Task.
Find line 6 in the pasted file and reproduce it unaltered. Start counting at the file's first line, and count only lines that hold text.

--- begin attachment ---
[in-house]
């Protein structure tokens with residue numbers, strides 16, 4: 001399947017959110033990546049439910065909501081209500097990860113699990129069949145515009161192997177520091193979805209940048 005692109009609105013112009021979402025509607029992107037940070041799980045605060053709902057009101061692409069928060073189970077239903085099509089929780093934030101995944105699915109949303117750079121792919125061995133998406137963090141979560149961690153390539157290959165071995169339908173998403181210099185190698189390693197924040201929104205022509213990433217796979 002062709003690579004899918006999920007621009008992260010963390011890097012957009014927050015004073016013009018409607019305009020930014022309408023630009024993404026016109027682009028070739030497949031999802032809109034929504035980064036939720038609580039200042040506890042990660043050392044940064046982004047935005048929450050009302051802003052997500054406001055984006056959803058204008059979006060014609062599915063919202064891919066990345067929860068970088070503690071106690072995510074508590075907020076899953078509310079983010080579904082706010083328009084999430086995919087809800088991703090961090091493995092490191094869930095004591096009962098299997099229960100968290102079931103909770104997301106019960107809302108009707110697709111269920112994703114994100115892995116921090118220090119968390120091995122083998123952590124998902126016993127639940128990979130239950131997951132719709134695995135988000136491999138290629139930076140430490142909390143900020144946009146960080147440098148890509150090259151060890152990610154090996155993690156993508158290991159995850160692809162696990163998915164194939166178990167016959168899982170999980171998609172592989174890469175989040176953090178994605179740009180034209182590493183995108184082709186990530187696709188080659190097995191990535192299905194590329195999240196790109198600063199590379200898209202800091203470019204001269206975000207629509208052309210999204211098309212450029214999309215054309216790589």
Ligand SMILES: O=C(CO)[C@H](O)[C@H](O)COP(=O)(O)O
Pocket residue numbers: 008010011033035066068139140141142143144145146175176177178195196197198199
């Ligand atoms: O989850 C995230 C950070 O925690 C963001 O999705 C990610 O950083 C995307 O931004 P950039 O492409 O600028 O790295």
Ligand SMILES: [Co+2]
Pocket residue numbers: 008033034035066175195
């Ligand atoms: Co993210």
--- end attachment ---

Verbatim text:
Ligand SMILES: [Co+2]